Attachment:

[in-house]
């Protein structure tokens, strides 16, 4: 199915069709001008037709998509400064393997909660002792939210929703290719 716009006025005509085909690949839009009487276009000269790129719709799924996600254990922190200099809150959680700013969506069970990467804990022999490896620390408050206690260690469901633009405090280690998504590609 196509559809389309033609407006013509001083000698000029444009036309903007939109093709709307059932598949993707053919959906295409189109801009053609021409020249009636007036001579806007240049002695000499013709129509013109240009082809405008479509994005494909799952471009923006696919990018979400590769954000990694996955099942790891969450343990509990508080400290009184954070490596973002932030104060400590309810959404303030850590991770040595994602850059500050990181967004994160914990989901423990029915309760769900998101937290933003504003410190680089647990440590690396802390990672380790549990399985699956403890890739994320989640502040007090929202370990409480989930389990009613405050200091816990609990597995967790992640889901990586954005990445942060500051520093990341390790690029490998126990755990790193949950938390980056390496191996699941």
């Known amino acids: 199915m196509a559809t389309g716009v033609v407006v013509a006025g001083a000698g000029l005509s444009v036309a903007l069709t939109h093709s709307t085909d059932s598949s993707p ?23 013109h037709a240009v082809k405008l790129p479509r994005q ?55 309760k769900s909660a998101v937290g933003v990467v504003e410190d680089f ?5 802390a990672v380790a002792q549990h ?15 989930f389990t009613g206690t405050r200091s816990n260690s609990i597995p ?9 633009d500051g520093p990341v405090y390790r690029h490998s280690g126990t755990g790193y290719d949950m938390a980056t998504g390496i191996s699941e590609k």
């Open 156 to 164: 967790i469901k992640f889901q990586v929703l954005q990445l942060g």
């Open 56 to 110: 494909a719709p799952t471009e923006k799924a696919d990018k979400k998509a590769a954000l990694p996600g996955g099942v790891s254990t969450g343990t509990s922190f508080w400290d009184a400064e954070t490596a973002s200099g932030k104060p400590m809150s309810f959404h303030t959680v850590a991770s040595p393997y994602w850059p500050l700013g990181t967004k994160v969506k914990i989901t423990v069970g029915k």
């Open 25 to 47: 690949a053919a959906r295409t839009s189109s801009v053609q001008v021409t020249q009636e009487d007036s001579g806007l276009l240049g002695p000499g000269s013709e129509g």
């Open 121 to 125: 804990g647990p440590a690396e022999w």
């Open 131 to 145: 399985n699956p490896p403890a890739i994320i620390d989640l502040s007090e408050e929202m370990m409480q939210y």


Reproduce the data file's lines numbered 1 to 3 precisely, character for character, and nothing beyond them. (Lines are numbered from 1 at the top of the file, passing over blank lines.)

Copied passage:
[in-house]
């Protein structure tokens, strides 16, 4: 199915069709001008037709998509400064393997909660002792939210929703290719 716009006025005509085909690949839009009487276009000269790129719709799924996600254990922190200099809150959680700013969506069970990467804990022999490896620390408050206690260690469901633009405090280690998504590609 196509559809389309033609407006013509001083000698000029444009036309903007939109093709709307059932598949993707053919959906295409189109801009053609021409020249009636007036001579806007240049002695000499013709129509013109240009082809405008479509994005494909799952471009923006696919990018979400590769954000990694996955099942790891969450343990509990508080400290009184954070490596973002932030104060400590309810959404303030850590991770040595994602850059500050990181967004994160914990989901423990029915309760769900998101937290933003504003410190680089647990440590690396802390990672380790549990399985699956403890890739994320989640502040007090929202370990409480989930389990009613405050200091816990609990597995967790992640889901990586954005990445942060500051520093990341390790690029490998126990755990790193949950938390980056390496191996699941």
């Known amino acids: 199915m196509a559809t389309g716009v033609v407006v013509a006025g001083a000698g000029l005509s444009v036309a903007l069709t939109h093709s709307t085909d059932s598949s993707p ?23 013109h037709a240009v082809k405008l790129p479509r994005q ?55 309760k769900s909660a998101v937290g933003v990467v504003e410190d680089f ?5 802390a990672v380790a002792q549990h ?15 989930f389990t009613g206690t405050r200091s816990n260690s609990i597995p ?9 633009d500051g520093p990341v405090y390790r690029h490998s280690g126990t755990g790193y290719d949950m938390a980056t998504g390496i191996s699941e590609k």